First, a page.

Student Carole Migalka of Buddha House, near Adelaide, Australia, shared a brief profile of resident artist Ven. Lobsang Konchok:
During Lama Zopa Rinpoche’s visit to Buddha House in May 2015, Rinpoche spoke of a Tibetan artist, Ven. Lobsang Konchok, residing in Brisbane, Australia, who would be suitable for painting Buddha House’s Sixteen Arhat statues, newly acquired from Nalanda Monastery in France. Ven. Lobsang Konchok agreed to do the work and is being hosted in the Adelaide Hills by some of Rinpoche’s students. In the past year he has been embraced by local Tibetan families, shopkeepers, neighbors, and animals alike.
Ven. Lobsang Konchok was born in Kham in eastern Tibet. When he was a child, his family gave sanctuary to a master thangka painter in the top story of their house due to the Chinese occupation of Tibet. Ven. Lobsang began to train in traditional thangka painting. In 1989 when his teacher and other monks were allowed to return to their monasteries, Ven. Lobsang entered Gansa Monastery-Tashi Ganden Chopeling at age fifteen.
In 1990, Ven. Lobsang and his cousin escaped from Tibet to India, trekking across the Himalayas, through Nepal, and arrived in India three months and two days later. In India, Ven. Lobsang took gelong ordination from His Holiness the Dalai Lama, completed his monastic studies, and continued his rigorous religious art training, studying thangka painting under His Holiness the Dalai Lama’s personal thangka painter in Dharamsala, at Norbulingka Institute, and at Drepung Monastery .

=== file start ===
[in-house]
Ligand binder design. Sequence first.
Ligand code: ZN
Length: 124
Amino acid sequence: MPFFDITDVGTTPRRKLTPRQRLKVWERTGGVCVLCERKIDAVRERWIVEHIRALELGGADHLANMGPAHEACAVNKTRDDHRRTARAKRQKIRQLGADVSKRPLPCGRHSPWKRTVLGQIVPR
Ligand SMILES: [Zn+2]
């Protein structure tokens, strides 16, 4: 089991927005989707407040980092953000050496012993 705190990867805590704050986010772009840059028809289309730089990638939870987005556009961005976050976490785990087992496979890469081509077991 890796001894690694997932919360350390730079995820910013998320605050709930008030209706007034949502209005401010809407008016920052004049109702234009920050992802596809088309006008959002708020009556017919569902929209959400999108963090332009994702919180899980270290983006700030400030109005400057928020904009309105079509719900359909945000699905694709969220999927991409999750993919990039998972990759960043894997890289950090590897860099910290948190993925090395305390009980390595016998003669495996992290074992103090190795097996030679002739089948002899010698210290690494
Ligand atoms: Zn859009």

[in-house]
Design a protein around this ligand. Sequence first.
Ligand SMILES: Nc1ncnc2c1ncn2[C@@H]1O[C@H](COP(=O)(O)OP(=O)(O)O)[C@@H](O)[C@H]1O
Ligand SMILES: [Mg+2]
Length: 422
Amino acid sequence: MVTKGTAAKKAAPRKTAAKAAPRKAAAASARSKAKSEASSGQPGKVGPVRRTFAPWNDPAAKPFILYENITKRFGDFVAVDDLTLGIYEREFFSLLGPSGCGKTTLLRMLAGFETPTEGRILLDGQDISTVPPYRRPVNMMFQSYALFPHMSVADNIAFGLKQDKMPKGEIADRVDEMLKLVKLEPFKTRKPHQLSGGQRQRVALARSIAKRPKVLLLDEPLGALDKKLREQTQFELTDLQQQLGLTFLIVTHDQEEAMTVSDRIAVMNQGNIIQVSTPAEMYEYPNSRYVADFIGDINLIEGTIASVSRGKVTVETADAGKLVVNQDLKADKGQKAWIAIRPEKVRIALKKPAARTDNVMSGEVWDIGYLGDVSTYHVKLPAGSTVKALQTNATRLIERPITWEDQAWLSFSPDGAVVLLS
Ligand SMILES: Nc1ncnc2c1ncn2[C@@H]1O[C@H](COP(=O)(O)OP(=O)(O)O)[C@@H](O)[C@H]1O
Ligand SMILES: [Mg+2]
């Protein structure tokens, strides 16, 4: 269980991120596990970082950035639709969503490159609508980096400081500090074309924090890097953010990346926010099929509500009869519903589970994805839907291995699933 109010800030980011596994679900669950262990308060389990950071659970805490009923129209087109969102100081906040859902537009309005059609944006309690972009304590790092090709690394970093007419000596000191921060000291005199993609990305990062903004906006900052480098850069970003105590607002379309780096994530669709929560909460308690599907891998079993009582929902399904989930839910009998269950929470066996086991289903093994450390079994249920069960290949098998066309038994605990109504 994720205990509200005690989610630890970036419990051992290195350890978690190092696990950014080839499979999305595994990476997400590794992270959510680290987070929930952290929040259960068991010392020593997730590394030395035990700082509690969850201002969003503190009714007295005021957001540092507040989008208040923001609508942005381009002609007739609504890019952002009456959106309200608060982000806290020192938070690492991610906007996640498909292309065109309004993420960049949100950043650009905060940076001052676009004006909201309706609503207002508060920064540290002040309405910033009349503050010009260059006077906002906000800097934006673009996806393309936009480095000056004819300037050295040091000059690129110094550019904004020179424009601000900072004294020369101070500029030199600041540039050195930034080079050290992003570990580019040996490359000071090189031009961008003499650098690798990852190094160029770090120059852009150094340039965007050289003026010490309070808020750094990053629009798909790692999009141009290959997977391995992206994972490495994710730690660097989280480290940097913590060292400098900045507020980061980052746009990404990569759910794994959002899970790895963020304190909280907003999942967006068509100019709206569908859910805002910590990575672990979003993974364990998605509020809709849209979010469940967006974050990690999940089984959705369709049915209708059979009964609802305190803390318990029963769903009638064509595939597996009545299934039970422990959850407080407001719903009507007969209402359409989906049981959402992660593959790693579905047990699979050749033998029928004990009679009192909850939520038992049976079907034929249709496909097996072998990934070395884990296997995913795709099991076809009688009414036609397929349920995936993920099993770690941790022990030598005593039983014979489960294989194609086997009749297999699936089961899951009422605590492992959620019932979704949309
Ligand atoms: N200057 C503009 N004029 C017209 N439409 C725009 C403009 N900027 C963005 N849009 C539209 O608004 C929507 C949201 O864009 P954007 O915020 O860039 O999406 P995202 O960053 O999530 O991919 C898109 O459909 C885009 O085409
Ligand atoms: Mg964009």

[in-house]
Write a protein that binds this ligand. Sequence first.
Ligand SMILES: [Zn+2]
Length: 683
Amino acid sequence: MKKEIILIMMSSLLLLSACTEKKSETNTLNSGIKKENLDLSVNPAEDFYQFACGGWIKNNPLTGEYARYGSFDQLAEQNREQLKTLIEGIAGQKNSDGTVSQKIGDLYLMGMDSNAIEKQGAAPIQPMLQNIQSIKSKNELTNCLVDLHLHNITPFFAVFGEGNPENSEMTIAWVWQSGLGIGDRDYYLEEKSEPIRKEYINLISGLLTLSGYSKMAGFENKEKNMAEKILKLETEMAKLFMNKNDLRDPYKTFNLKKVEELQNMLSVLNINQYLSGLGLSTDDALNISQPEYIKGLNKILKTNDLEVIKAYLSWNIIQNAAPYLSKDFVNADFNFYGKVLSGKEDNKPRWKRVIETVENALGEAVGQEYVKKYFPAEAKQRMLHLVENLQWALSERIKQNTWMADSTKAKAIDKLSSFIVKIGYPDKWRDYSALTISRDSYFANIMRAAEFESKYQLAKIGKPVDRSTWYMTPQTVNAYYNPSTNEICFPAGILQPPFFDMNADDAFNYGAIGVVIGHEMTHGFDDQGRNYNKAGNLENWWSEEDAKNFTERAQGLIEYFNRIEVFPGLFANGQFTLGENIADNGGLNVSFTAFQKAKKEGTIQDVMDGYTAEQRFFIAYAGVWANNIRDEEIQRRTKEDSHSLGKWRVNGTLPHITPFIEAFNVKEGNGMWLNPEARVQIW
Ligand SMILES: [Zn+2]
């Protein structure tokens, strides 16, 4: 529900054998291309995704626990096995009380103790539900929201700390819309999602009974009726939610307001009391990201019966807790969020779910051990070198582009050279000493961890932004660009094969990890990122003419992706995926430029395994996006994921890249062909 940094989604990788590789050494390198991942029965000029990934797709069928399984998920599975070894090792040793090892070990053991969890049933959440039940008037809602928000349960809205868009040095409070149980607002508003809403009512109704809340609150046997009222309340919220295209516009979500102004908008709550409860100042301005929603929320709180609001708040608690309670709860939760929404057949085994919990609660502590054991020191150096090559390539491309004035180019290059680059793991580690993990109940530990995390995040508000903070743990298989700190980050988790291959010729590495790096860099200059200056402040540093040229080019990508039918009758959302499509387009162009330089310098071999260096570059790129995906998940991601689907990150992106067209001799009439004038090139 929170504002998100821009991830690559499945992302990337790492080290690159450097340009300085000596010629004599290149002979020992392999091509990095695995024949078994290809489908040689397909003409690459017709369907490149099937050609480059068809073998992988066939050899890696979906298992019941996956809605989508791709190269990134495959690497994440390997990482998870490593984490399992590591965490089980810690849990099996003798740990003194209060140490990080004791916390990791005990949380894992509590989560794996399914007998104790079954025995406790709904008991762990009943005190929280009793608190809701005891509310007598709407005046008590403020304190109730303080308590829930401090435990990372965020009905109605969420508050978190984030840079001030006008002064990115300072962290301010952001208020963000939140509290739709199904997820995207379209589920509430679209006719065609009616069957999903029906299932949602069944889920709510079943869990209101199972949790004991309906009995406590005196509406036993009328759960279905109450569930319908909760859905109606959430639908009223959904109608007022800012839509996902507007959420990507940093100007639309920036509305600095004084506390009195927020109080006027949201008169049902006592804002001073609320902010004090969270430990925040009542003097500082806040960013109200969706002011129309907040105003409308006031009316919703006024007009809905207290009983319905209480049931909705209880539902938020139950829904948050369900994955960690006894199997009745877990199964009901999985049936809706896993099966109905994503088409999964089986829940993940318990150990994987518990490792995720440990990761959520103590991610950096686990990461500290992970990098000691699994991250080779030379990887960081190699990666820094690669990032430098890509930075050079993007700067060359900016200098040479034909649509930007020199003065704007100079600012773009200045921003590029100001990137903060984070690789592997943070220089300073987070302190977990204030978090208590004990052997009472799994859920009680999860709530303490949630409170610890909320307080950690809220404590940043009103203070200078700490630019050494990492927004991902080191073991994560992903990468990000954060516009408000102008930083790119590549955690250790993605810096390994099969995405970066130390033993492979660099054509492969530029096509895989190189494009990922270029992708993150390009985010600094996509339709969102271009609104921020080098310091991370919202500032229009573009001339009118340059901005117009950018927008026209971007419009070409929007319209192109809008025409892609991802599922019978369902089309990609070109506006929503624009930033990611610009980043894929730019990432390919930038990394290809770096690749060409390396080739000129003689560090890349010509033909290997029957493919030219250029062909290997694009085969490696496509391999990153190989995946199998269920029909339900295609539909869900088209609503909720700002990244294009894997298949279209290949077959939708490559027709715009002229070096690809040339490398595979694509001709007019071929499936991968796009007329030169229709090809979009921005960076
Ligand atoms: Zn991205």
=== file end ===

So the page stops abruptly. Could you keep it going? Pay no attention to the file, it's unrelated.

In addition to the stunning art work on both the statues and the altar cabinetry, Ven. Lobsang has made new signs for Buddha House; adorned the Medicine Buddha thangka with brocade; crafted a donation box out of recycled timber; built a life-size yak for a Tibetan float in the Australia Day parade; tamed the resident koala; made a bird feeder encircled with mantras; and is spotted walking the property misting the millipedes and bull-ants with a specially prepared mani pill spray.
“I’m very happy here in Bridgewater,” Ven. Lobsang shared. “While painting the Sixteen Arhat statues and rolling the mantras, I had the good result of obtaining permanent residency in Australia after four years of trying. The family I live with is very kind; it’s nice and quiet, nice view and many parrots and koalas. Now when I’m painting thangkas and listening to teachings, I feel it’s like a pure land!”
Ven. Lobsang Konchok is available for thangka painting and other art projects on request. For more details contact firstname.lastname@example.org.
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